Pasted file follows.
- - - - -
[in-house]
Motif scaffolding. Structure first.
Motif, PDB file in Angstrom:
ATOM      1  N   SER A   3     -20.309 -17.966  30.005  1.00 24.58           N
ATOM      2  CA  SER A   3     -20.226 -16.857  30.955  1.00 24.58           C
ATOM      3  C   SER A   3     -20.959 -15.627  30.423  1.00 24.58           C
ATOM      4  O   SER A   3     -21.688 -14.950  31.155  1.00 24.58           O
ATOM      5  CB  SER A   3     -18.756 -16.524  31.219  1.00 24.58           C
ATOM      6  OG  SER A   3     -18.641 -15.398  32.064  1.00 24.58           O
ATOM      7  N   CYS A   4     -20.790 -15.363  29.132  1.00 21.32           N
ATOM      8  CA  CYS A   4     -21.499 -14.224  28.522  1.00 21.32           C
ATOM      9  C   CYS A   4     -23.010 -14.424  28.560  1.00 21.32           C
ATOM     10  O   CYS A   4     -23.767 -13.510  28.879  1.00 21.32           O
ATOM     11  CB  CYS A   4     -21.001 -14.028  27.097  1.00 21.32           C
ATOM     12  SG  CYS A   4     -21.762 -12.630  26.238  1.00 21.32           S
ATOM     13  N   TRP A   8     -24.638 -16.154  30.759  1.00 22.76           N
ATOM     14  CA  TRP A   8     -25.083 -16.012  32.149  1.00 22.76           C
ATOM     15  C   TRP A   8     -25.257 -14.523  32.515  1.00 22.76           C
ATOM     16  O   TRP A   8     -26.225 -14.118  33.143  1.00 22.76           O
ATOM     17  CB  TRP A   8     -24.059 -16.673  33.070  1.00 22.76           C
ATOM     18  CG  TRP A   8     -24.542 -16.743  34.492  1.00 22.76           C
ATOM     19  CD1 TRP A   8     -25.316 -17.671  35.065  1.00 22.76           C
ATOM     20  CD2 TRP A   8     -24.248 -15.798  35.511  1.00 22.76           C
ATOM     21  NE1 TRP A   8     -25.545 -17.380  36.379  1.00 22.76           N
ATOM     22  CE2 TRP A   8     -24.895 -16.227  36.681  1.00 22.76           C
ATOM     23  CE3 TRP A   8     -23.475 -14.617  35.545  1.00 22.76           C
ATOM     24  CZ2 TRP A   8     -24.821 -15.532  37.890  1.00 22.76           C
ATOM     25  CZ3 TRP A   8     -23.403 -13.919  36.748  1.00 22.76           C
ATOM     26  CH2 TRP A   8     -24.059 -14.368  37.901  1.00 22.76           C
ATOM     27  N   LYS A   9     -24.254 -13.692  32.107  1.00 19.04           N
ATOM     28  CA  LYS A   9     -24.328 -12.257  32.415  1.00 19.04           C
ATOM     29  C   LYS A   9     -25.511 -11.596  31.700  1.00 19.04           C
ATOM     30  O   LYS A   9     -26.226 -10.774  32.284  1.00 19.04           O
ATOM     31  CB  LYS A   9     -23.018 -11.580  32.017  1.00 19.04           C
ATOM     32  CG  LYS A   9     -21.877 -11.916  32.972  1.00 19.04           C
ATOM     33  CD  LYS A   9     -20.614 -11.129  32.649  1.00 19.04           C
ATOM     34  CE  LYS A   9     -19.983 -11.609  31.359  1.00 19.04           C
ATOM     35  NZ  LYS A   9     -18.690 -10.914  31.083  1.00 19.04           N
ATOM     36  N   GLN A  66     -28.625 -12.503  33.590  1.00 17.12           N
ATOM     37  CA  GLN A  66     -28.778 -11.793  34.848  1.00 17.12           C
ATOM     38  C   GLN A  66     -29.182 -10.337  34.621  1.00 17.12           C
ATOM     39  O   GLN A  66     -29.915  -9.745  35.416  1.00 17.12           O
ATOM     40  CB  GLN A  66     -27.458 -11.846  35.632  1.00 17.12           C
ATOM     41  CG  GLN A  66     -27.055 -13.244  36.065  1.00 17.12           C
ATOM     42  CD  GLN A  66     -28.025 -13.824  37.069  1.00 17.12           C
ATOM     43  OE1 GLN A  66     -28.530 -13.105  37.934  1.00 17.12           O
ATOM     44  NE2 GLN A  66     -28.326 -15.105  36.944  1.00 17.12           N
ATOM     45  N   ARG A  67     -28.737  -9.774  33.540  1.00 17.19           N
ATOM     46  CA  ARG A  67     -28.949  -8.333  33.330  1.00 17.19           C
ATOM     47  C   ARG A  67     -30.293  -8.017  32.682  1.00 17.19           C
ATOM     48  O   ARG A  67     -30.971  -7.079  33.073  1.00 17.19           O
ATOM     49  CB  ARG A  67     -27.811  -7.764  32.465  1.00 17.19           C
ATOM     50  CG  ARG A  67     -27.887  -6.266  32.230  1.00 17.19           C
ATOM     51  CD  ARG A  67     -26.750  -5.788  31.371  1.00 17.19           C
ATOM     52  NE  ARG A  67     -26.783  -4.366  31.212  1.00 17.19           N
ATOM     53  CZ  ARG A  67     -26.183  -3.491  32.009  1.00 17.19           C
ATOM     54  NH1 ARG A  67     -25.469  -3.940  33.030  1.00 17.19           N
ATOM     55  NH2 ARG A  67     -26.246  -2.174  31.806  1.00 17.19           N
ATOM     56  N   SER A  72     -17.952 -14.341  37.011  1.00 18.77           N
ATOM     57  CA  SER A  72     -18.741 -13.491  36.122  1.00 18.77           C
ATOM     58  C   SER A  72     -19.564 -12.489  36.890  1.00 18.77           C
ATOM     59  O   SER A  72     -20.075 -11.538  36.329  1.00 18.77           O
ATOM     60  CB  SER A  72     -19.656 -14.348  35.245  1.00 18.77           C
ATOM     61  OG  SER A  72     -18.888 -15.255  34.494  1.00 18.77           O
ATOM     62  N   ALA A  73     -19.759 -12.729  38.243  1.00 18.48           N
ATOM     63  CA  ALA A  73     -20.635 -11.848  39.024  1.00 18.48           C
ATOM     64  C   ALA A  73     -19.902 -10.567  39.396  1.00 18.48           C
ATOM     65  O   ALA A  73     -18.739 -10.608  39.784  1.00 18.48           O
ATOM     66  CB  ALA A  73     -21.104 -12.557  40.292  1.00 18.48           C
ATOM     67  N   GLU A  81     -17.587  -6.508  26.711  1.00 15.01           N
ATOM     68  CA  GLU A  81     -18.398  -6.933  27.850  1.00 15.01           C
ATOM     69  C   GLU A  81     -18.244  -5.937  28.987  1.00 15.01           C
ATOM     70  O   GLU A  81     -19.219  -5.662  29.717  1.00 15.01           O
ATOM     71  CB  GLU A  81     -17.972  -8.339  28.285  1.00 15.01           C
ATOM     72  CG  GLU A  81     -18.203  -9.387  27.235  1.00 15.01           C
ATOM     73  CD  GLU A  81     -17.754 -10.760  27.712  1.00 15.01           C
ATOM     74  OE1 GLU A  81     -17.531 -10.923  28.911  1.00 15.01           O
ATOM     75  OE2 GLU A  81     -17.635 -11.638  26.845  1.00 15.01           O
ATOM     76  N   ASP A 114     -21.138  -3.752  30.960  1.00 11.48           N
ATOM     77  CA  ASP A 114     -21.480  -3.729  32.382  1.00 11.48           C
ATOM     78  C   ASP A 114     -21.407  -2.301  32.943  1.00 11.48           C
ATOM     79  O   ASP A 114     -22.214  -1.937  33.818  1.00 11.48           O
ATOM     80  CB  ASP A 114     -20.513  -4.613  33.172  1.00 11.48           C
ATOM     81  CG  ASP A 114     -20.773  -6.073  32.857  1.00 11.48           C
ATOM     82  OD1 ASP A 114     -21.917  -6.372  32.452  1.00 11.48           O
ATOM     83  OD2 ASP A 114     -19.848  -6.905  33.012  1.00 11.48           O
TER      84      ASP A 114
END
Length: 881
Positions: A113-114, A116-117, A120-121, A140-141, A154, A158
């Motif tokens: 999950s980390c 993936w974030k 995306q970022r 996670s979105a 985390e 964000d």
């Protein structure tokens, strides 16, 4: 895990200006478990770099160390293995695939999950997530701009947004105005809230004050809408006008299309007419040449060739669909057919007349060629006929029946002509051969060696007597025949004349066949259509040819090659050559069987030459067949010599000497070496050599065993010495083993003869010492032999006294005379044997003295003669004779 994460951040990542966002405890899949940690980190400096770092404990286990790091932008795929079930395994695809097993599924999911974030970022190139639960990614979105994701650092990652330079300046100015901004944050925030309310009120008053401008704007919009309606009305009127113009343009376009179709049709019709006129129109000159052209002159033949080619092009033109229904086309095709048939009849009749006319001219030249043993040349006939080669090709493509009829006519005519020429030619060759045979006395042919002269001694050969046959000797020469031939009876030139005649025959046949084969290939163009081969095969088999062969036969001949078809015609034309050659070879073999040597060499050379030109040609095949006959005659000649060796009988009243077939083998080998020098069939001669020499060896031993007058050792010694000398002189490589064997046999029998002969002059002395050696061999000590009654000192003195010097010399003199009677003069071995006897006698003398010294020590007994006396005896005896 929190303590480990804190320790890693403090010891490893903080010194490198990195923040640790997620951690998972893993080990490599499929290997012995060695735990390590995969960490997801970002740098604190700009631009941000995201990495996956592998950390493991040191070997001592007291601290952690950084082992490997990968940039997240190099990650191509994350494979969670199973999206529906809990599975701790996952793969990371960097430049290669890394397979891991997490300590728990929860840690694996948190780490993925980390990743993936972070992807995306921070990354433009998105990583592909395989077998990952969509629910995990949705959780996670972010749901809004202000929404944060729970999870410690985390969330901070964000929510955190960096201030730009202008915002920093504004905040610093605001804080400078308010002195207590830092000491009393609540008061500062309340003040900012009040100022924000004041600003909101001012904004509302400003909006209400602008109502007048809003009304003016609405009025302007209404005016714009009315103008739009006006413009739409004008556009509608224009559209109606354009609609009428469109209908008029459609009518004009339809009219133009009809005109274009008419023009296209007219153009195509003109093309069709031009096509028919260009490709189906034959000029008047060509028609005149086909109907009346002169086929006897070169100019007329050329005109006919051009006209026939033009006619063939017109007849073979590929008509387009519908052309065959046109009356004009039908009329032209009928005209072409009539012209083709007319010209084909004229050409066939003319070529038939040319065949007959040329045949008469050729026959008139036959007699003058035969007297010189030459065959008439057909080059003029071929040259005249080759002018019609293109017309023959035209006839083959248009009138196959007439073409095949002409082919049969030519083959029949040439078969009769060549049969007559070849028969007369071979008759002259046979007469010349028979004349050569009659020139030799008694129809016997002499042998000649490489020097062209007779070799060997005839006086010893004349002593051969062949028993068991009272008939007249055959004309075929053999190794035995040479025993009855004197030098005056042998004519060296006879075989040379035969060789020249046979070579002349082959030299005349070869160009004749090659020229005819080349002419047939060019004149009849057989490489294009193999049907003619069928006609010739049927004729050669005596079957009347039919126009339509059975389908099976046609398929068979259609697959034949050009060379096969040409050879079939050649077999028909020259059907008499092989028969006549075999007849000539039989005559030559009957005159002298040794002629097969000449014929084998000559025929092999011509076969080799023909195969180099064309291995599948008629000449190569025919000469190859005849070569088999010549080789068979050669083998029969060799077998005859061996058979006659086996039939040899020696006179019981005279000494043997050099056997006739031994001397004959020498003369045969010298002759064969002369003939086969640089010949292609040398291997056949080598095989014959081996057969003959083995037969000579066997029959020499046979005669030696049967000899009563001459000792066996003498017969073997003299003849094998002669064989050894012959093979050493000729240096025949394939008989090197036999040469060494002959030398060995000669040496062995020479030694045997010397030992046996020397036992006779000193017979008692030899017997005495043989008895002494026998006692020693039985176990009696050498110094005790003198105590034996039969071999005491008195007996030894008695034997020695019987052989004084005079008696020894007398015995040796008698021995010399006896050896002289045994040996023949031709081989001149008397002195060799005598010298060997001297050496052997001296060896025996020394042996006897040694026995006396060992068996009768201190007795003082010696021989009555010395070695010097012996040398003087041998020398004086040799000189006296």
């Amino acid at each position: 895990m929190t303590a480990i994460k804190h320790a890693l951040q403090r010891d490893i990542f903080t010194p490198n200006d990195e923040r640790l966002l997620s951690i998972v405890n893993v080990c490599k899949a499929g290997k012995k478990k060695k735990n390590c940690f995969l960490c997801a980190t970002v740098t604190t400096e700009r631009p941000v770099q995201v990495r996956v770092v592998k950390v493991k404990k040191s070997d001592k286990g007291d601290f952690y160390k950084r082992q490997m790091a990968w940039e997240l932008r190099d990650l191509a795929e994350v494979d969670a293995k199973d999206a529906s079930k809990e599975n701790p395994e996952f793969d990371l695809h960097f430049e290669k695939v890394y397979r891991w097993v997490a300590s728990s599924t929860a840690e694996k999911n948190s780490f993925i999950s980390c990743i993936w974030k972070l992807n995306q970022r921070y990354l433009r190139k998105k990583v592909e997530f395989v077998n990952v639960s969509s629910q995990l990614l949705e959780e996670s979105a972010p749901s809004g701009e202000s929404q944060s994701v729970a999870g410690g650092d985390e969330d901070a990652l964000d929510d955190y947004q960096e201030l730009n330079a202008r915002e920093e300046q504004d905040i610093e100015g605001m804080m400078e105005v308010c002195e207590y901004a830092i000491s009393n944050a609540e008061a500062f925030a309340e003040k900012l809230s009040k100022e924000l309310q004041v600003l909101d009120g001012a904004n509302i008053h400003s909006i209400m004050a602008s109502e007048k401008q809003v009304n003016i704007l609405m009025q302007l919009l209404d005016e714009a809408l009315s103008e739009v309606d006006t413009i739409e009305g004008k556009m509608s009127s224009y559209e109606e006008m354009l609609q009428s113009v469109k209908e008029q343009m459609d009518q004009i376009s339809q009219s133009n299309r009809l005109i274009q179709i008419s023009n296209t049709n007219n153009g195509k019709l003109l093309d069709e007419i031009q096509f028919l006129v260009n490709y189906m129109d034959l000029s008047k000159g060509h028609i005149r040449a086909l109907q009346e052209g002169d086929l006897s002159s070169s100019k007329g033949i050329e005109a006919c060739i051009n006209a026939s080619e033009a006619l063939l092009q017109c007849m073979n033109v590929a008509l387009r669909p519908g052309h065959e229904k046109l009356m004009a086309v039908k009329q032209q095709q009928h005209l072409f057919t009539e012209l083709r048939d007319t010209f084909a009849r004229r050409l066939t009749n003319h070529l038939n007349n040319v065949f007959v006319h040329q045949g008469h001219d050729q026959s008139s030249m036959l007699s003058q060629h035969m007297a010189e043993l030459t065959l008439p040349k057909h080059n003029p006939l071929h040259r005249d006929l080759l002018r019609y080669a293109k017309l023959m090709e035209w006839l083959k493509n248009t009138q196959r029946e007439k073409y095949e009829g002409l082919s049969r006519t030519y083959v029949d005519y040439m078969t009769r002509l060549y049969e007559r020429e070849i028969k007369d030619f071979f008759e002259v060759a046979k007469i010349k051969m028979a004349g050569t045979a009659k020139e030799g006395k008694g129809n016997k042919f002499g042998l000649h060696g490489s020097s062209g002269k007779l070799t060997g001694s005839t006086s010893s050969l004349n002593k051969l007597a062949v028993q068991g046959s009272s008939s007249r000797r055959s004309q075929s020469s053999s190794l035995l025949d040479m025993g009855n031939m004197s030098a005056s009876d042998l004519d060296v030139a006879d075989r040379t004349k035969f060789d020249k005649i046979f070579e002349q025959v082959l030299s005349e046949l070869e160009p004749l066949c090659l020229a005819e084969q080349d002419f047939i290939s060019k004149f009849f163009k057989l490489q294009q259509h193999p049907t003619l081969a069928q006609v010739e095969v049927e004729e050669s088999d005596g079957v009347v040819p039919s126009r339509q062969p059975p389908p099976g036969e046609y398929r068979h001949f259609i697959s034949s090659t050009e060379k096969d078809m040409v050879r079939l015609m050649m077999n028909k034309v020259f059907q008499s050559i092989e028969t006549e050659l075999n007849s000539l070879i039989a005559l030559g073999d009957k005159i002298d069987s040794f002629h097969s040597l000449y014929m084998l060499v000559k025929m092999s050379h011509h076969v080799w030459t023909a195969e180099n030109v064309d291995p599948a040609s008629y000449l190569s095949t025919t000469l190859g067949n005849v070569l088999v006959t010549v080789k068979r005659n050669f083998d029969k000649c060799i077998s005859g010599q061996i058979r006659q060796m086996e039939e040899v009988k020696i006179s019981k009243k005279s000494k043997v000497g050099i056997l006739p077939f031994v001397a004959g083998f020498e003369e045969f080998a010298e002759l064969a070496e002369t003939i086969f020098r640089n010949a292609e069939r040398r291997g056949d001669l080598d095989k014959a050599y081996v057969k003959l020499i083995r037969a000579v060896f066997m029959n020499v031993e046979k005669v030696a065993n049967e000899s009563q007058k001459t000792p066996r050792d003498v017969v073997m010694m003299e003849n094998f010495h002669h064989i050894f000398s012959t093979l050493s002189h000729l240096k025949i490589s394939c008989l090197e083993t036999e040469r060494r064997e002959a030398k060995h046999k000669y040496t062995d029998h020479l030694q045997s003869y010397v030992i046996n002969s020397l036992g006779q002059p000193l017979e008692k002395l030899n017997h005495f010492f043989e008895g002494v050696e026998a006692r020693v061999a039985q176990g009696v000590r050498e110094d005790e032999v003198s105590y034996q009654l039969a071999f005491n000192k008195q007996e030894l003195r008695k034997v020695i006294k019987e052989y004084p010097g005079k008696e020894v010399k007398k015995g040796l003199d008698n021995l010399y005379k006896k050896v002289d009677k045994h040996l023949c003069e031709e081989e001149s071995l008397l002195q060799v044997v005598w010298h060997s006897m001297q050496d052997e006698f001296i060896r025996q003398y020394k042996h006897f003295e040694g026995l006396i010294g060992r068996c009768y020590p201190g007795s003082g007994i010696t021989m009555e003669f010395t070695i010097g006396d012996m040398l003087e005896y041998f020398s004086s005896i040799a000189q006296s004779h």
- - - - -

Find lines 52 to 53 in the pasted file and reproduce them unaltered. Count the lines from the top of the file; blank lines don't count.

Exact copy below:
ATOM     49  CB  ARG A  67     -27.811  -7.764  32.465  1.00 17.19           C
ATOM     50  CG  ARG A  67     -27.887  -6.266  32.230  1.00 17.19           C